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I have the following code to decode the bytes 0x66 0x5b 0xc3 (pop ebx / ret) with distorm64 (code was taken from this example)

    // Holds the result of the decoding.
    _DecodeResult res;
    // Decoded instruction information.
    _DecodedInst decodedInstructions[MAX_INSTRUCTIONS];
    // next is used for instruction's offset synchronization.
    // decodedInstructionsCount holds the count of filled instructions' array by the decoder.
    unsigned int decodedInstructionsCount = 0, i, next;

    // Default decoding mode is 32 bits, could be set by command line.
    _DecodeType dt;
    if(!x64)
        dt = Decode32Bits;
    else
        dt = Decode64Bits;

    // Default offset for buffer is 0, could be set in command line.
    _OffsetType offset = 0;
    char* errch = NULL;
    char tempBuf[500];

    // Decode the buffer at given offset (virtual address).
    while (1) 
    {
        // If you get an unresolved external symbol linker error for the following line,
        // change the SUPPORT_64BIT_OFFSET in distorm.h.
        res = distorm_decode(offset, (const unsigned char*)byteCodeBuffer, byteCodeBufferSize, dt, decodedInstructions, MAX_INSTRUCTIONS, &decodedInstructionsCount);
        if (res == DECRES_INPUTERR) 
        {
            // Null buffer? Decode type not 16/32/64?
            printf("Input error, halting!");
            return EXIT_FAILURE;
        }

        for (i = 0; i < decodedInstructionsCount; i++) 
        {
#ifdef SUPPORT_64BIT_OFFSET
            sprintf_s(tempBuf, 500, "%0*I64x (%02d) %-24s %s%s%s\n", dt != Decode64Bits ? 8 : 16, decodedInstructions[i].offset, decodedInstructions[i].size, (char*)decodedInstructions[i].instructionHex.p, (char*)decodedInstructions[i].mnemonic.p, decodedInstructions[i].operands.length != 0 ? " " : "", (char*)decodedInstructions[i].operands.p);
            outputText.append(tempBuf);
#else
            printf("%08x (%02d) %-24s %s%s%s\n", decodedInstructions[i].offset, decodedInstructions[i].size, (char*)decodedInstructions[i].instructionHex.p, (char*)decodedInstructions[i].mnemonic.p, decodedInstructions[i].operands.length != 0 ? " " : "", (char*)decodedInstructions[i].operands.p);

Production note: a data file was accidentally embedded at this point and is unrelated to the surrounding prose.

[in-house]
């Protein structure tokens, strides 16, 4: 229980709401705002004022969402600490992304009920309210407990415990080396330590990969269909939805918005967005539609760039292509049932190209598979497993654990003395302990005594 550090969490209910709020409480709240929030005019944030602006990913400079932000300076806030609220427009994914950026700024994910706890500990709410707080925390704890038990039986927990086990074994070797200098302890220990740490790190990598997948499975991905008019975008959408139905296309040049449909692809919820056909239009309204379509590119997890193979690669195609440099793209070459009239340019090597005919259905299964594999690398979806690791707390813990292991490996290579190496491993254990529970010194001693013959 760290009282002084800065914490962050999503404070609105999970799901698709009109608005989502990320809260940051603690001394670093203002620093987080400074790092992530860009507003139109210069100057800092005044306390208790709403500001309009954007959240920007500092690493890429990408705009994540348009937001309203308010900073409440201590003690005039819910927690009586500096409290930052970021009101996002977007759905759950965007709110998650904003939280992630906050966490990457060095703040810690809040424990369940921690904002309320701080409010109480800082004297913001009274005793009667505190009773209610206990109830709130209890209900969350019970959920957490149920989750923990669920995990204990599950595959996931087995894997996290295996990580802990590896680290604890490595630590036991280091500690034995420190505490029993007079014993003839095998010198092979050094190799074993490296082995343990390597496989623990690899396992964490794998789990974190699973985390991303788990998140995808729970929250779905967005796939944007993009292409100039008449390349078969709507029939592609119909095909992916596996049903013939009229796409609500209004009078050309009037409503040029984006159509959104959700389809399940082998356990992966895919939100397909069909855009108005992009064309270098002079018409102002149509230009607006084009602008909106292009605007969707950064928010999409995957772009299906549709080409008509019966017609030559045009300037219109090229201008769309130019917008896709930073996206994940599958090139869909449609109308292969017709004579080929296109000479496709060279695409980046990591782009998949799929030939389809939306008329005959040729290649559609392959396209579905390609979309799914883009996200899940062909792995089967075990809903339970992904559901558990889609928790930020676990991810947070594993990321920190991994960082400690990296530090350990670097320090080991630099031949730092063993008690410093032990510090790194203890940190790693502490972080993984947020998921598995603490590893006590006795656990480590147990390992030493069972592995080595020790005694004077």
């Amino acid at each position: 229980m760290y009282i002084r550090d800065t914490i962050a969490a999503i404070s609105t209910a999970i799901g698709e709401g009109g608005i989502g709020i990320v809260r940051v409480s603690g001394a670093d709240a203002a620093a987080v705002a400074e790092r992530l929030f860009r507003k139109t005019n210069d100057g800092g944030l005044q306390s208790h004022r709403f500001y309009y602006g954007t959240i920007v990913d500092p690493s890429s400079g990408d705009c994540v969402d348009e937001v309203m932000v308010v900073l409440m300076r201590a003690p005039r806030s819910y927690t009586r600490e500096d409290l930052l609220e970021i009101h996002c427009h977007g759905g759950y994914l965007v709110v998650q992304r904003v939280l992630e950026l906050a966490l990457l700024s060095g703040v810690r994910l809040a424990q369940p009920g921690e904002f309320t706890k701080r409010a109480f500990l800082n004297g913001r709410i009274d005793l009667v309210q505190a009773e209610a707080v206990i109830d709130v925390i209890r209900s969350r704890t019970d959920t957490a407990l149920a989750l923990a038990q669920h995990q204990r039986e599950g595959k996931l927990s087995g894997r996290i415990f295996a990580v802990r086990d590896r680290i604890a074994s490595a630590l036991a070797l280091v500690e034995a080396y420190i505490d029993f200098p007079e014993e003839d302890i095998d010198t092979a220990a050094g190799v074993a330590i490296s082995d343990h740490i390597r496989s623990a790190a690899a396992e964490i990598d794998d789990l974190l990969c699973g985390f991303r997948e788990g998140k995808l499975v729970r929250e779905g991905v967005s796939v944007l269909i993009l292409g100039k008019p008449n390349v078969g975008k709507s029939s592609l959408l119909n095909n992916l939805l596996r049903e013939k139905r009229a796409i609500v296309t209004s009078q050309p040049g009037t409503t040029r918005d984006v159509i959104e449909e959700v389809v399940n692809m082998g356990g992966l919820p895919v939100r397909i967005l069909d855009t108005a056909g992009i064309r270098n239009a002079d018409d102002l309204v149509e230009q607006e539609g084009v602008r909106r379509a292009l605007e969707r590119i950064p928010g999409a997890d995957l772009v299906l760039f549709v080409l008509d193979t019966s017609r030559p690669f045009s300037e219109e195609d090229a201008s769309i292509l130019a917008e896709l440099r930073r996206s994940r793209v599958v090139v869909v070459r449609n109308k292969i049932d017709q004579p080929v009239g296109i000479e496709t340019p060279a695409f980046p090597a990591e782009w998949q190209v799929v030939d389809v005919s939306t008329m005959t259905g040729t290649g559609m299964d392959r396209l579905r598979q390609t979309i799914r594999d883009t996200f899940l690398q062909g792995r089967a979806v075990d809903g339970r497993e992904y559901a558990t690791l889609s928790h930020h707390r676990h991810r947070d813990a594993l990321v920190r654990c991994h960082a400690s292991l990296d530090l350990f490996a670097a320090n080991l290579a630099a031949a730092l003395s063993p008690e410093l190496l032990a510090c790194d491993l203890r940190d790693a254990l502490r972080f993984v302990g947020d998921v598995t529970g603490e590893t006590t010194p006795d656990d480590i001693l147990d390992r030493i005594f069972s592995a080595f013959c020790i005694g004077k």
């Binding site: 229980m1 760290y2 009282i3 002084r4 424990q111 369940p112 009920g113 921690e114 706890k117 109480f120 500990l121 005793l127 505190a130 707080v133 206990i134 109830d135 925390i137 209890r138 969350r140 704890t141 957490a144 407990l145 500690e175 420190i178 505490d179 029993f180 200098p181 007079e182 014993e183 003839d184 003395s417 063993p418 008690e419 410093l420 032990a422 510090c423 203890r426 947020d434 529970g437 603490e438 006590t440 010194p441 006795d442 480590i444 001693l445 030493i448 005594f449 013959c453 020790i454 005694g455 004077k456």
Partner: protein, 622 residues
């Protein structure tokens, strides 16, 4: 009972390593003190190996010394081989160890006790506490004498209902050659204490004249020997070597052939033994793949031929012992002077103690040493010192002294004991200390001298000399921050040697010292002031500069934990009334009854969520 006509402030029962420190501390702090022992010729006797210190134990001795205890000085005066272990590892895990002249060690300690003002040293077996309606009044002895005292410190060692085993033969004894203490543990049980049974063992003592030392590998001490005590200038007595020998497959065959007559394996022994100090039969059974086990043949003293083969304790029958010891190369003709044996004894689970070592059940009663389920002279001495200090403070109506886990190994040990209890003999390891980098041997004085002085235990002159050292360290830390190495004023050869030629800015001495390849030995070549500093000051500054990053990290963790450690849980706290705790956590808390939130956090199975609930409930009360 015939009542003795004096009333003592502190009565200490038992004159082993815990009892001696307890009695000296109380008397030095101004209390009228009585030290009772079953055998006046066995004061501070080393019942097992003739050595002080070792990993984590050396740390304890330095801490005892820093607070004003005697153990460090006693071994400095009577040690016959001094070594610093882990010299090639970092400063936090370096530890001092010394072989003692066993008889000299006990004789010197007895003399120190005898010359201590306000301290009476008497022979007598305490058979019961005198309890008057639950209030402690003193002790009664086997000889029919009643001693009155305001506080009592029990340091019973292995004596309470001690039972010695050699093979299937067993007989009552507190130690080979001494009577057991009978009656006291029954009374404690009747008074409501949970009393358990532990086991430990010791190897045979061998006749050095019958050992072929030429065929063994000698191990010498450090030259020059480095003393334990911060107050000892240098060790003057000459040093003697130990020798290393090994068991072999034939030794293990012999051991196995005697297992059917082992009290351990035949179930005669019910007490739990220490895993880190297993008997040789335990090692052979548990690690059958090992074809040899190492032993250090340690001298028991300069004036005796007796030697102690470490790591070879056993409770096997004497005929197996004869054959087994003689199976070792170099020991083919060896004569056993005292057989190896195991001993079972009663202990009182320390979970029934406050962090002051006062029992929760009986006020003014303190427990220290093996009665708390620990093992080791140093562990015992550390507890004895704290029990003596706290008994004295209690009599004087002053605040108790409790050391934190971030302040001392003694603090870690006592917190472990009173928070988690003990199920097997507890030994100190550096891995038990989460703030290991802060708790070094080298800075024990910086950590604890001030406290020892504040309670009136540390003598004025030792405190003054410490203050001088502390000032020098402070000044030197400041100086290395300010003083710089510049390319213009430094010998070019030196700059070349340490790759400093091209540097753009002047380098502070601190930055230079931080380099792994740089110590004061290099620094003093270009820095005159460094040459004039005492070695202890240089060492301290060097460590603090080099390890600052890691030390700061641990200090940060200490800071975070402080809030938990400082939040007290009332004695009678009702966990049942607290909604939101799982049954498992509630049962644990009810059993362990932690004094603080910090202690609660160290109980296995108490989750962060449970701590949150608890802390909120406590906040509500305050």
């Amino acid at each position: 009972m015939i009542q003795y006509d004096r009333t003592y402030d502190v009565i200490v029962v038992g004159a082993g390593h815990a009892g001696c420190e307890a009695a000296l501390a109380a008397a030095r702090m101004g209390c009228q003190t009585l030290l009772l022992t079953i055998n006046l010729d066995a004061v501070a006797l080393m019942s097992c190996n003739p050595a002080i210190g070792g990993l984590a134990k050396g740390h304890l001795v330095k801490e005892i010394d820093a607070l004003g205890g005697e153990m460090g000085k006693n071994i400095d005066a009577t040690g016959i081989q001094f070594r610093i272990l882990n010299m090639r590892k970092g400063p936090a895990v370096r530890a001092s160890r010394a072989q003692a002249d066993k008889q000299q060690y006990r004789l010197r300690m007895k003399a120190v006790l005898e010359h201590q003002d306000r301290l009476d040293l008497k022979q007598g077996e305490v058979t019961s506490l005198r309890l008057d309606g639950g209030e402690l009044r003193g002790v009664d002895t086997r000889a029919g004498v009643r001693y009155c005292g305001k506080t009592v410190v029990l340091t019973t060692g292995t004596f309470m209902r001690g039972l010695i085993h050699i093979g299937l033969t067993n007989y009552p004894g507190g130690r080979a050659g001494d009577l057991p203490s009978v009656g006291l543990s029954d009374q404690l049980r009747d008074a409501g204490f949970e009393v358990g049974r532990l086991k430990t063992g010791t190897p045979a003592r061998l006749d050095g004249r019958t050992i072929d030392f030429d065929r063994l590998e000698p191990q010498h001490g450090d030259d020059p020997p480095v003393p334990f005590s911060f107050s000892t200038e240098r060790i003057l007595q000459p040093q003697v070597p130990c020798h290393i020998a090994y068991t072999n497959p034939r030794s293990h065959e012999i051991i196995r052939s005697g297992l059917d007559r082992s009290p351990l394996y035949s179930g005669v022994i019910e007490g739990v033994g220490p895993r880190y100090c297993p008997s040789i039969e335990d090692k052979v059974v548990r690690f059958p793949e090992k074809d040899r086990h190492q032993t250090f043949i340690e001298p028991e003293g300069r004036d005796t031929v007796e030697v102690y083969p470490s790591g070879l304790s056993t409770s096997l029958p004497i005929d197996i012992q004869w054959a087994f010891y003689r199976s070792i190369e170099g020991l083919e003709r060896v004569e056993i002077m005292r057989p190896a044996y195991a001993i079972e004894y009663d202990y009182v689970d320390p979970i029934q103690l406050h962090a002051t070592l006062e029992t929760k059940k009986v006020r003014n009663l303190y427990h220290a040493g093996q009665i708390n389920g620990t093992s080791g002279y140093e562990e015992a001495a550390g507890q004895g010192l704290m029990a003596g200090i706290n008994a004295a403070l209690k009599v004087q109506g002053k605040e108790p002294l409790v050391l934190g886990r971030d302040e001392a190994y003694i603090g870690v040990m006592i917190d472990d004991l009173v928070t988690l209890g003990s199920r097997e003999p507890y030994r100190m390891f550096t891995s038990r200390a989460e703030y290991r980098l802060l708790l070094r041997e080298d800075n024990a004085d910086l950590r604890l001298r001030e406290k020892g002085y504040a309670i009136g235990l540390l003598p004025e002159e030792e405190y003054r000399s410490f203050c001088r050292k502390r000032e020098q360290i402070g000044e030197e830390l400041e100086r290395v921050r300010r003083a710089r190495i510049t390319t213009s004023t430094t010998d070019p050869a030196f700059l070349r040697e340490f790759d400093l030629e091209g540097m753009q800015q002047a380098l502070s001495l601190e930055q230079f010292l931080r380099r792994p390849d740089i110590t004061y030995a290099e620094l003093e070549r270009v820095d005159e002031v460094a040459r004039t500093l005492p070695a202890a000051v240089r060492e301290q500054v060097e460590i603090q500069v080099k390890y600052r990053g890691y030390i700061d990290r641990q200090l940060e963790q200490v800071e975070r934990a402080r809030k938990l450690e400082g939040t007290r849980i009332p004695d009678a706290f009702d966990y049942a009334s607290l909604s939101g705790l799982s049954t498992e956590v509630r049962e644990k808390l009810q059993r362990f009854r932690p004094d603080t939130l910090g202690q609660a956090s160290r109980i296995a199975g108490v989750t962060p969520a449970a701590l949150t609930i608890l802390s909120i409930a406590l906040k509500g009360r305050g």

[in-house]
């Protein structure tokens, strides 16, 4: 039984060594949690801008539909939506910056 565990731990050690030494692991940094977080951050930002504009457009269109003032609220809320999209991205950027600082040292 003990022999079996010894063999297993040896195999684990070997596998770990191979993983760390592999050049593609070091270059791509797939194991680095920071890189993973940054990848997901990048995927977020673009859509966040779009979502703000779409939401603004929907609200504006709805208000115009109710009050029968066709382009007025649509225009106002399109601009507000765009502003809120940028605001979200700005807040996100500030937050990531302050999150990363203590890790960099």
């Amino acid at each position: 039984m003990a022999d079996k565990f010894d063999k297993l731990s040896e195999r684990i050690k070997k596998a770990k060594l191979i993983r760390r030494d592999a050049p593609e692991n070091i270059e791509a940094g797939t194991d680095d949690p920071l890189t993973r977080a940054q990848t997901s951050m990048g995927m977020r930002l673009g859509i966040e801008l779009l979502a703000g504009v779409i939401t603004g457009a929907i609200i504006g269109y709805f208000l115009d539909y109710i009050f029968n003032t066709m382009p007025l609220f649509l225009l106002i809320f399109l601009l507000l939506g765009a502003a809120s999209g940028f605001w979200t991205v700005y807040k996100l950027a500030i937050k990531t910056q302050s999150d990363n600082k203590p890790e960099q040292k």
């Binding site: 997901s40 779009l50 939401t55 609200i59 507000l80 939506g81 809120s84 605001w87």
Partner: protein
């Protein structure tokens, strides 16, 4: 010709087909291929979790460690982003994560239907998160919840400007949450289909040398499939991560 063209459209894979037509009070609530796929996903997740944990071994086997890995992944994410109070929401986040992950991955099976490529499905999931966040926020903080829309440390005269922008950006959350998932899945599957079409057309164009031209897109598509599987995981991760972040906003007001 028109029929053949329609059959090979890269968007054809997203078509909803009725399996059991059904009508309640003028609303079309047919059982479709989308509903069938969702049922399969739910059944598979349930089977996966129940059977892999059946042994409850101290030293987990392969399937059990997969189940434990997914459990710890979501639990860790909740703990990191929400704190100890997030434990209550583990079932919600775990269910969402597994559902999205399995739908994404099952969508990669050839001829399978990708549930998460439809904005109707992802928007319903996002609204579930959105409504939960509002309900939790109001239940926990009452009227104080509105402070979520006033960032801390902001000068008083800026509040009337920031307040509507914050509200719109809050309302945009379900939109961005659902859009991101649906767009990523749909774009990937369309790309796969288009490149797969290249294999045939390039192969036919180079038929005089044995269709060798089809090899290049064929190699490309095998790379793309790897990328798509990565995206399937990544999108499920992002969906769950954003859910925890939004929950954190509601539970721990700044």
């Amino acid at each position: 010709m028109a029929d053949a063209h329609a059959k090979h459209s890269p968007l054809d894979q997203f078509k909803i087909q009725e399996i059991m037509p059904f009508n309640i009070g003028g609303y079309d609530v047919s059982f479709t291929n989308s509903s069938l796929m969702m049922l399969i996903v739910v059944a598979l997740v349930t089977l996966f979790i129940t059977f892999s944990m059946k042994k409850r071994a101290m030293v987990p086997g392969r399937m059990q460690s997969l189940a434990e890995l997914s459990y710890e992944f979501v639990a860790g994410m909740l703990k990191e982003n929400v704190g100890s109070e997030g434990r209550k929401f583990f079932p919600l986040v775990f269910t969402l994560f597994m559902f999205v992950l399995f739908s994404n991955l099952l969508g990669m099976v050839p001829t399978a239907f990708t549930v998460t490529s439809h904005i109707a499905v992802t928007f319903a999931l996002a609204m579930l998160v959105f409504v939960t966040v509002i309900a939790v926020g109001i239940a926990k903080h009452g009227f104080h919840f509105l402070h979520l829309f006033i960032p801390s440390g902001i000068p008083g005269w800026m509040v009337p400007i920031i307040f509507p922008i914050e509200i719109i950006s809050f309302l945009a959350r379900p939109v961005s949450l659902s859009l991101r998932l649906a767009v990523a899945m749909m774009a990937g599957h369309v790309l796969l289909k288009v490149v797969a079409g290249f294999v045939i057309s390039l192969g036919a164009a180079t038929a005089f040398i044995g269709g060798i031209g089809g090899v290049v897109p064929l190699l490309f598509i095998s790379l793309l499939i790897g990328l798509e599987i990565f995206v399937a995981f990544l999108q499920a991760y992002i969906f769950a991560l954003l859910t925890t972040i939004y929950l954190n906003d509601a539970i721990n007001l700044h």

#endif
        }

        if (res == DECRES_SUCCESS) break; // All instructions were decoded.
        else if (decodedInstructionsCount == 0) break;

        // Synchronize:
        next = (unsigned long)(decodedInstructions[decodedInstructionsCount-1].offset - offset);
        next += decodedInstructions[decodedInstructionsCount-1].size;
        // Advance ptr and recalc offset.
        byteCodeBuffer += next;
        byteCodeBufferSize -= next;
        offset += next;
    }
    return EXIT_SUCCESS;

the result is

00000000 (02) 665b                     POP BX
00000002 (01) c3                       RET

which is wrong since the register isn't BX but EBX.

If I try to compile (with nasm) the "pop bx / ret" sequence, I get 0x5b 0xc3 and distorm translates it into

00000000 (01) 5b                       POP EBX
00000001 (01) c3                       RET

which is equally wrong (not EBX, but BX should be returned!)

Where am I getting wrong? Is it a distorm64 bug or what?

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1 Answer 1

up vote 1 down vote accepted

66 5b is POP BX when the processor is in 32-bit mode (and an invalid opcode in 64-bit mode, as only "whole" 64-bit registers can be pushed and popped in 64-bit mode). If you are disassembling 16-bit code with a 32-bit disassembler, then you can expect wrong results.

Note that the 66 prefix "toggles" the 32/16-bit flag for one instruction, so if you have 32-bit code, 66 turns the next instruction to a 16-bit one, and if you have 16-bit code, it turns it into a 32-bit instruction.

So I can only assume there is some confusion as to what mode your code is in - and that the disassembler is interpreting something that is 16-bit code as 32-bit code, or something like thiat.

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Could this depend by the fact that I recompiled with Visual Studio the .lib distorm64 project in 64 bit mode? –  Johnny Pauling Jan 16 '13 at 0:47
2  
66 5b is POP BX even in 64 bit mode, and it works without invalid opcode exception (try it). However it will change the stack pointer by 2 and that's likely to blow up something else unless special care is taken. –  Jester Jan 16 '13 at 1:39
    
@Jester: Ok, "not very usable" then, as 64-bit mode wants the stack aligned to 8 bytes. Certainly not usable in kernel mode (where I do a lot of my work...) –  Mats Petersson Jan 16 '13 at 8:31
    
@Johnny - what was the code you disassembled produced by. I still think you are feeding in 16-bit code. –  Mats Petersson Jan 16 '13 at 8:32
    
And you were right.. it seems that nasm defaults to 16 bit. By using the "bits 32" directive before the 32 bit code I managed to solve it. Thank you! –  Johnny Pauling Jan 16 '13 at 9:18

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